As this project draws to a close in the next few months, I realize that this lesson is far more important than anything I’ve learned about paint or furniture. No matter what I do, I can’t (or shouldn’t) make decisions in a vacuum. Someone will always know where I sit.

That changes everything.

Blind sight

194/365 - Don't walkDriving to work one day last week, I found myself in one of my pet peeve situations. I was stuck behind a tractor-trailer rig, navigating through a small town. Beyond the general annoyance of not being able to see the horizon, this issue takes real meaning at stop lights. Simply put, I can’t see around or over the rig in front of me to see the traffic light. To get a full view, I would need to put at least a half block of distance between the truck and me.

Without realizing it, I’ve adopted a new decision-making process for this scenario: I look at the crosswalk signs. If they’re green/white and say “Walk,” I’m good to go; the traffic light is green. If they’re blinking, the light is green but scheduled to change soon. I need to proceed with caution. Of course, if they are solid red and say “Don’t Walk,” the traffic light is yellow or red. Time to stop.

Okay, so that’s probably no big revelation. I’ve done that for years, and probably so have you. What finally hit me last week, though, was the metaphor in this. So often I feel as if I don’t have a clear picture of what’s in front of me. I don’t have enough information to make an informed decision. While that may be true on the surface, I should be able to gather a lot of data by looking around. What’s off to the side? What other signals are available to me? I may not have perfect information, but clues are everywhere.

We make decisions every day without perfect information, simply based on the conditions around us. That’s life, so we might as well get better at finding those clues.

Little bites

I know a guy who is really, really good at what he does. He maintains a terrific big picture view while still understanding the details which can make or break the success of his projects. He’s a deep thinker, and when I ask him a question about his realm of influence, I know I’m going to get a thorough and thoughtful answer. Everyone needs a guy like this on her team.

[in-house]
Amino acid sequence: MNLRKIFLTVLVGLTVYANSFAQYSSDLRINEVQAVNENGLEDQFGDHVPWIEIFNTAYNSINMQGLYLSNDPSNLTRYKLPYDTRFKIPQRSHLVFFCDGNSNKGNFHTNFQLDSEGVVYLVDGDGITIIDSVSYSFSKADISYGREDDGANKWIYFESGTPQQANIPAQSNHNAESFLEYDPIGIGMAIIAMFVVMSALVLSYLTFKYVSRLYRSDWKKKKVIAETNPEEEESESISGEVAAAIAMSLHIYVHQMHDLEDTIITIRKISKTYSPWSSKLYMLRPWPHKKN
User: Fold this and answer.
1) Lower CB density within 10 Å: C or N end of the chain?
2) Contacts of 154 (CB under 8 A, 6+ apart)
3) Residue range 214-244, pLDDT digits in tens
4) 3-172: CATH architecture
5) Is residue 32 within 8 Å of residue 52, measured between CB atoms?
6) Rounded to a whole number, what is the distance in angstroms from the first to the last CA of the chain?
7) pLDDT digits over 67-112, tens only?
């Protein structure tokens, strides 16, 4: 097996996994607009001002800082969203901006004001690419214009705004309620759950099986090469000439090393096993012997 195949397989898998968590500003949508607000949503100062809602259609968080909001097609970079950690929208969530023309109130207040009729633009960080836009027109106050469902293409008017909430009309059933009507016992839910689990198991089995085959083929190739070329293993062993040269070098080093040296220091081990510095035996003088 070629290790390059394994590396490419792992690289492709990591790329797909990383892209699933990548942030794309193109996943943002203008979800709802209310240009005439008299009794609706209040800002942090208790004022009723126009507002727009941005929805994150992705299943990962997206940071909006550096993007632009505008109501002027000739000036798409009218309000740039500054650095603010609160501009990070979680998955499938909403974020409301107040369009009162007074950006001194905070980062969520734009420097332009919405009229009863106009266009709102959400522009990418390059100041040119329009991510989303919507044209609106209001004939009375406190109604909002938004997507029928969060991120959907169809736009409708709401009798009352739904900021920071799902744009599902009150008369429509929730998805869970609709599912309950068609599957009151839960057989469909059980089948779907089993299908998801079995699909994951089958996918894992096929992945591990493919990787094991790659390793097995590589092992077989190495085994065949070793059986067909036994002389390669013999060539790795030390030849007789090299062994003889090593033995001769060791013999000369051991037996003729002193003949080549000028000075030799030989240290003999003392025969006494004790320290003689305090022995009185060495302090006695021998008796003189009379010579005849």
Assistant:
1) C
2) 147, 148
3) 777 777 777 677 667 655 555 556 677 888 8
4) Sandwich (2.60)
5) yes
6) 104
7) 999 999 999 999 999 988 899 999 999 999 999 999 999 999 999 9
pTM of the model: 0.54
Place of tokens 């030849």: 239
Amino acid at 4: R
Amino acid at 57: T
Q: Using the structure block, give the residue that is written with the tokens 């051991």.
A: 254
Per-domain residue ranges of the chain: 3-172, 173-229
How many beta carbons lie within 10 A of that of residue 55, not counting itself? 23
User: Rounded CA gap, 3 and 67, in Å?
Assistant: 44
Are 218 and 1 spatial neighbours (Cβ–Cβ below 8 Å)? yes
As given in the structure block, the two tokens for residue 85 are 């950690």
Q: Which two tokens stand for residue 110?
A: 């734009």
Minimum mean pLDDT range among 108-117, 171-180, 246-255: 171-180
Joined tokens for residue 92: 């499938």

Sometimes, though, this guy becomes his own biggest obstacle. When he has an idea, his mind is off and running. He has gone through steps J, K, and L before most people get beyond A, B, and C. He’s busy solving problems that haven’t yet occurred and probably won’t occur until somewhere down the timeline–by which point a lot of variables could change. He often hesitates to pull the trigger on a project until he can work out the answers to those problems.

Many times, that’s exactly the right approach–but many times it’s not.

Not every project is an all-or-nothing proposition. We don’t have to go from A to Z in a single step. We can launch our project or product and service before we get to Z if

  • The new solution is better than what came before it, i.e. it makes people happy.
  • Each step is a (fairly) natural progression, not a complete rework of the one before it.
  • Showing continued improvements or making updates signals progress/activity/forward motion.

Think of a website, for example. Little improvements over time can actually be a positive thing. It keeps your audience feeling as though your work is fresh, the content is dynamic, and there’s always a new reason to visit. That’s not a place where you want to publish a TA-DA! product and sit back. Yeah, I know, building the infrastructure requires a fairly specific vision for the future, but once the infrastructure is in place, you can always make improvements along the way. The trick is understanding when to forge ahead and when to wait.

How do you eat an elephant? One bite at a time.